Sometimes, and I don't think I'm the only one who does this, I present what I regard as a clearly mistaken or otherwise flawed formulation of a doctrine or argument in order to demonstrate (or allow the students to demonstrate) what is wrong with it. There are a couple of reasons. For one thing, philosophers can be very persnickety about formulating doctrines and arguments in highly specific ways, and this helps to explain why: if you formulate the doctrine in a careless manner, your doctrine (as formulated) will be susceptible to trivial or insubstantial objections that show the particular sentence to be false without touching the heart of the theory. I often do this to justify a use of a (somewhat) inelegant formulation when there is a clear alternative that is more elegant but which has silly consequences.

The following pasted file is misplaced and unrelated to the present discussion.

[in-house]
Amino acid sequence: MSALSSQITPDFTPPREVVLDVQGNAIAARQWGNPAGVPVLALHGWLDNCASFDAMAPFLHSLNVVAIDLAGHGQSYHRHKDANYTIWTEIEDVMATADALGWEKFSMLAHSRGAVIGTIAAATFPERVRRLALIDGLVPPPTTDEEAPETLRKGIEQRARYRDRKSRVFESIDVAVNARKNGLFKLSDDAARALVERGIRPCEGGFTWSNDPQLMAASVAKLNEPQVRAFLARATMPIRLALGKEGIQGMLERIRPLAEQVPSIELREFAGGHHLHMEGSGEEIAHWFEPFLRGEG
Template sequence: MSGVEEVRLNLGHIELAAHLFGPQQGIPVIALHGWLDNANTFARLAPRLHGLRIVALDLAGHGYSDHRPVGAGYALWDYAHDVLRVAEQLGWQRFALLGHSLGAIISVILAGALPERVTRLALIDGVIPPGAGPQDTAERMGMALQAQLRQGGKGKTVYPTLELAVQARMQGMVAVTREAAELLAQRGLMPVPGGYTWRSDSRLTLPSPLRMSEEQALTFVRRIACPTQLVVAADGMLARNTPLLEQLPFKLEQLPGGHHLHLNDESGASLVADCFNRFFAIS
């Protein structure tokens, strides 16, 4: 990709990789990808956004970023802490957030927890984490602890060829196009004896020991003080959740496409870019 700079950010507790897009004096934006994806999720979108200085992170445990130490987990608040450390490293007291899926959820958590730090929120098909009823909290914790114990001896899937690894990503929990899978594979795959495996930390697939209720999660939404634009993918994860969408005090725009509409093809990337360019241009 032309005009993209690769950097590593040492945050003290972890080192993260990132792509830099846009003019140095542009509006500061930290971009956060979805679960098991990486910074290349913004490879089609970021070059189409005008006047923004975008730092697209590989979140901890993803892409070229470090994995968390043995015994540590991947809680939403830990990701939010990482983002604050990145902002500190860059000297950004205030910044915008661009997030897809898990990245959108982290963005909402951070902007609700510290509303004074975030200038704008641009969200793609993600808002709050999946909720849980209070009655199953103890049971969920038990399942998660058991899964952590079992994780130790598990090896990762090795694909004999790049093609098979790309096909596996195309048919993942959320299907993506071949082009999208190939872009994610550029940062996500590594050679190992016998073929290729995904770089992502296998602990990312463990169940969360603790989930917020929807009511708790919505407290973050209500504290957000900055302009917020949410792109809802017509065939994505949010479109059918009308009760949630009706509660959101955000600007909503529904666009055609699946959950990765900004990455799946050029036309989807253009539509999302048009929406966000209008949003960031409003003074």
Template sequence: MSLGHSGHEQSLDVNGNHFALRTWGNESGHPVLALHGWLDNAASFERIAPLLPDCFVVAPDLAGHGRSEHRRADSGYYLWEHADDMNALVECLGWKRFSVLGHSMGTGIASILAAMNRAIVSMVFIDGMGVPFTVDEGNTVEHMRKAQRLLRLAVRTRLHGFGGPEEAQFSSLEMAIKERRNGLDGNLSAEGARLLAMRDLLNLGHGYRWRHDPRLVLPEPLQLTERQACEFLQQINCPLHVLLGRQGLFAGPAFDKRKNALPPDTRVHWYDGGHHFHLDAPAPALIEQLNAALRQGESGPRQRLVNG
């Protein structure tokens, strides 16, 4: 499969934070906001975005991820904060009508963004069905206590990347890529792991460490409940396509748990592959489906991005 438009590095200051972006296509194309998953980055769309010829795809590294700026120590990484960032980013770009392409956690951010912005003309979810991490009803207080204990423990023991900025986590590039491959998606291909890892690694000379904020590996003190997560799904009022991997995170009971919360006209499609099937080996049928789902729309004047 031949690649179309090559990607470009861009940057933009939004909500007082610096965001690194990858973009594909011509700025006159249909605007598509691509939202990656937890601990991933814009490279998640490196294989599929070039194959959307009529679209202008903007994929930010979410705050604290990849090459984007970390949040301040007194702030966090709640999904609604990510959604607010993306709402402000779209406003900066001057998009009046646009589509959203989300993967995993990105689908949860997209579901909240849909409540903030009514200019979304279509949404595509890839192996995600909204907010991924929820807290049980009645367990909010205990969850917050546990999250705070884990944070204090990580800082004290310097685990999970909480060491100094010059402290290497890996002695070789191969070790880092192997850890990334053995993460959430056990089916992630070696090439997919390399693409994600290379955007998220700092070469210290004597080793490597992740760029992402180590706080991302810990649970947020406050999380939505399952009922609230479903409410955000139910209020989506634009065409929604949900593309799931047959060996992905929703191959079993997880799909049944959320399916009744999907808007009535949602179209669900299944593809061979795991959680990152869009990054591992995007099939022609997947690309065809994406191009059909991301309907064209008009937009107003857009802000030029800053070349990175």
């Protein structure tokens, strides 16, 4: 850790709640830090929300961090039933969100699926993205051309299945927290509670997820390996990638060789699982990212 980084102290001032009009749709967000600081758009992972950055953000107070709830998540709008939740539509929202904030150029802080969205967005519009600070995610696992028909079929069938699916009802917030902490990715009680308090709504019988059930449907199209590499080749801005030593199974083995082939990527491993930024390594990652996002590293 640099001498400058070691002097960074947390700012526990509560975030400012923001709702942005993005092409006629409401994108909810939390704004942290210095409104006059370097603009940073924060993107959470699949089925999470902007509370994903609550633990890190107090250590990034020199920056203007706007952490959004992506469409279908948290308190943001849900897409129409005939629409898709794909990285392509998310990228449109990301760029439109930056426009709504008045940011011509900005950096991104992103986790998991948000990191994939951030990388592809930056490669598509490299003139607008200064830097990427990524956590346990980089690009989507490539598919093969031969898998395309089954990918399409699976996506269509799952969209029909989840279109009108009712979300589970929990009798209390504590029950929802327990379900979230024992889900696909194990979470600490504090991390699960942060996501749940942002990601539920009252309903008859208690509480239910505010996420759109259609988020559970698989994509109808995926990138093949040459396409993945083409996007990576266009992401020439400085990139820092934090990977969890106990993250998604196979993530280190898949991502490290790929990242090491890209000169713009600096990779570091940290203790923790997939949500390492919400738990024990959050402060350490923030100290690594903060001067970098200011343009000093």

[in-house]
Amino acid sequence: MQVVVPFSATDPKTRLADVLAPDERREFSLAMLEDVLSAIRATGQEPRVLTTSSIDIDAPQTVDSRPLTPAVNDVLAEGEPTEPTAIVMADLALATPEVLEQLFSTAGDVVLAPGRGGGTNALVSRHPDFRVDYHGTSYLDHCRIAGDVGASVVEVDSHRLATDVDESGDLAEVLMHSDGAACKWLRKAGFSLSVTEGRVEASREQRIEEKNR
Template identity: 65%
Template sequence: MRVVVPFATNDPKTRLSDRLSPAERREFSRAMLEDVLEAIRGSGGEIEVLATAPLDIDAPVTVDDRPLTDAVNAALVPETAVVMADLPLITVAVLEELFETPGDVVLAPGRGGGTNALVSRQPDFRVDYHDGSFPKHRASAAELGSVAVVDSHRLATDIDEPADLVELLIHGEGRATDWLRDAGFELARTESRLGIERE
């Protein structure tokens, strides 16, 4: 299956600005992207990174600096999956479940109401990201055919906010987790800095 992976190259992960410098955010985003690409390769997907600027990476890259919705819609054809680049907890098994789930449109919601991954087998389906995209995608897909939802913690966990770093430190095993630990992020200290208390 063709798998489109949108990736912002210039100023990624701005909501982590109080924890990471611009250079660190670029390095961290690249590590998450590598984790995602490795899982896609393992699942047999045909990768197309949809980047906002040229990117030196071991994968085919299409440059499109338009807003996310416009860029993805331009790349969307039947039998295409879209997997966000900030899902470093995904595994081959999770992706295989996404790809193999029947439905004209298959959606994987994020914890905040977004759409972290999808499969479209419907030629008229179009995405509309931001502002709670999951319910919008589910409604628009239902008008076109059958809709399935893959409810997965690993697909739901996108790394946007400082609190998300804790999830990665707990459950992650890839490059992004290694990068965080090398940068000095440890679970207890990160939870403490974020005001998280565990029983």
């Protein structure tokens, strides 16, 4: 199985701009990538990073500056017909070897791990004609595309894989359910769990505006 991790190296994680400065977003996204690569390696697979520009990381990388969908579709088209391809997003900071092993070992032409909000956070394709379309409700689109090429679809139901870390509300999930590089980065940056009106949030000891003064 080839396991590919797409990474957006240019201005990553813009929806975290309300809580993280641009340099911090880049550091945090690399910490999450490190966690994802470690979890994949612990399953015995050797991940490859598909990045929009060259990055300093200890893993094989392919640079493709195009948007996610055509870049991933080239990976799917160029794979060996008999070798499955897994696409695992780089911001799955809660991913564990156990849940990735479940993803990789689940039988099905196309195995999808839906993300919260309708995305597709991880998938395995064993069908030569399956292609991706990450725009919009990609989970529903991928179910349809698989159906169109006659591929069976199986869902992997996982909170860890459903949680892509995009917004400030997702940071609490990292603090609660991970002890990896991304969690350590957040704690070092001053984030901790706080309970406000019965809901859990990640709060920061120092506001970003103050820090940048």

It can also serve as an interesting lesson in the history of ideas. If the mistaken formulation is taken from a historical source, it can help the students to get a feel for the history of an idea, and to see how the idea has evolved and changed over time, (hopefully) becoming more sophisticated and awesome.
But I have started to worry that this technique is counterproductive, because some students, once exposed to a mistaken formulation, can never be convinced to let go of it. These students walk away from the discussion thinking that (I have taught them that) principle X or theory Y or argument Z is this garbled or self-contradictory piece of garbage, when the point was supposed to be "it's not that piece of garbage, its this piece of awesome, and here's why." And so the worry is that presenting instructive mistakes is unnecessarily confusing to (some) students, which seems to me to constitute a prima facie reason not to do it.
But it also seems to me that it is unlikely that careful and conscientious students will fall victim to this kind of confusion; and that such a student might well benefit from instructive mistakes; and that if that's true then this sort of thing might make a useful diagnostic tool; and that it is not possible to remove all potential sources of confusion from a philosophy class; and that I am probably overthinking this the way I overthink everything.